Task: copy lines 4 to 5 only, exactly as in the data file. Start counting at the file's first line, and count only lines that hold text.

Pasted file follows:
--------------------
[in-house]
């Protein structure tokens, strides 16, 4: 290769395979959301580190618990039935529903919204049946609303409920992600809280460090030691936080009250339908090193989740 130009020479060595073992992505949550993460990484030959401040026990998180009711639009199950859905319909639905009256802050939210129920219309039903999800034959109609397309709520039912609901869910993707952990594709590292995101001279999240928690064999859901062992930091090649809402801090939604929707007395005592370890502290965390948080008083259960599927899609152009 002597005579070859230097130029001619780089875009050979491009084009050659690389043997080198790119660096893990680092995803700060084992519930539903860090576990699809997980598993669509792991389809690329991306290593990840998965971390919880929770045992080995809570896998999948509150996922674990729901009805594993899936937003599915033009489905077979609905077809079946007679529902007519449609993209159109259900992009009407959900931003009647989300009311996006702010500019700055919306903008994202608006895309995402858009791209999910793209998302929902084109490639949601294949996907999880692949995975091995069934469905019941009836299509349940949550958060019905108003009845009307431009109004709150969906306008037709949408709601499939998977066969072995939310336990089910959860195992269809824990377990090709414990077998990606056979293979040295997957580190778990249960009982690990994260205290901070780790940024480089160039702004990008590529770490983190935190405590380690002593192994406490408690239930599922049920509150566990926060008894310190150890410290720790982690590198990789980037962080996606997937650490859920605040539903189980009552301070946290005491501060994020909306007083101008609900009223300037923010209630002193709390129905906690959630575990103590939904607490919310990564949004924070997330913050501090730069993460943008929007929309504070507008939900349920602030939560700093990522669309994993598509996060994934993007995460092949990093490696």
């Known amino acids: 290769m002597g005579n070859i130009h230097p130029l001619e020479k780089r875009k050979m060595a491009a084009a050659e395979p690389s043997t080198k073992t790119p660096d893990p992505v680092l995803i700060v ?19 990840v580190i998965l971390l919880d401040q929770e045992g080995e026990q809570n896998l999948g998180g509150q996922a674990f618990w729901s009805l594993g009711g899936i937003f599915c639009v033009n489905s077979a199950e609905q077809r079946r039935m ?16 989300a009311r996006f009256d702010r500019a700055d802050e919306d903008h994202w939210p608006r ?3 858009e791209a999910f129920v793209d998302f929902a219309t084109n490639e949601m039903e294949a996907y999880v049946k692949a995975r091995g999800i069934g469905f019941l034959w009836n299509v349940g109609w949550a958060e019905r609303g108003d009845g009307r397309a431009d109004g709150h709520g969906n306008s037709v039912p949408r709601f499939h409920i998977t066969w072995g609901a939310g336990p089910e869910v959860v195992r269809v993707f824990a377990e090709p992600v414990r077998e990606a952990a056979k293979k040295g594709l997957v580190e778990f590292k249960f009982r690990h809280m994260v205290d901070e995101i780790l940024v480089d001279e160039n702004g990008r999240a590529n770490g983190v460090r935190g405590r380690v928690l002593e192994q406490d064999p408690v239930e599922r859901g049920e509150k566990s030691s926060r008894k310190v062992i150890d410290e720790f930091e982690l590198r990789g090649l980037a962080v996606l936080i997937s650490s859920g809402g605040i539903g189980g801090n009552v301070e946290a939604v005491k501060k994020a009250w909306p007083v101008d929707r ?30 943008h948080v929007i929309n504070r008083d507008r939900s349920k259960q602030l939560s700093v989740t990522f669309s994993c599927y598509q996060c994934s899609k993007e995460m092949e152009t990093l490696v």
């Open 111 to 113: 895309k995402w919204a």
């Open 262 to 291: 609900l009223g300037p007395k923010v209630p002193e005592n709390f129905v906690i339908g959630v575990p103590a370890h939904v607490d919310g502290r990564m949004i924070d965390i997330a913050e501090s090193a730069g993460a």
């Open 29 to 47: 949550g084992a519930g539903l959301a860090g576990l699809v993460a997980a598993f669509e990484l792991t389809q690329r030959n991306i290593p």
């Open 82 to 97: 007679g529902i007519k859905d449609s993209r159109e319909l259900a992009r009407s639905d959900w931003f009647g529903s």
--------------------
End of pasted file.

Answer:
């Open 111 to 113: 895309k995402w919204a």
């Open 262 to 291: 609900l009223g300037p007395k923010v209630p002193e005592n709390f129905v906690i339908g959630v575990p103590a370890h939904v607490d919310g502290r990564m949004i924070d965390i997330a913050e501090s090193a730069g993460a």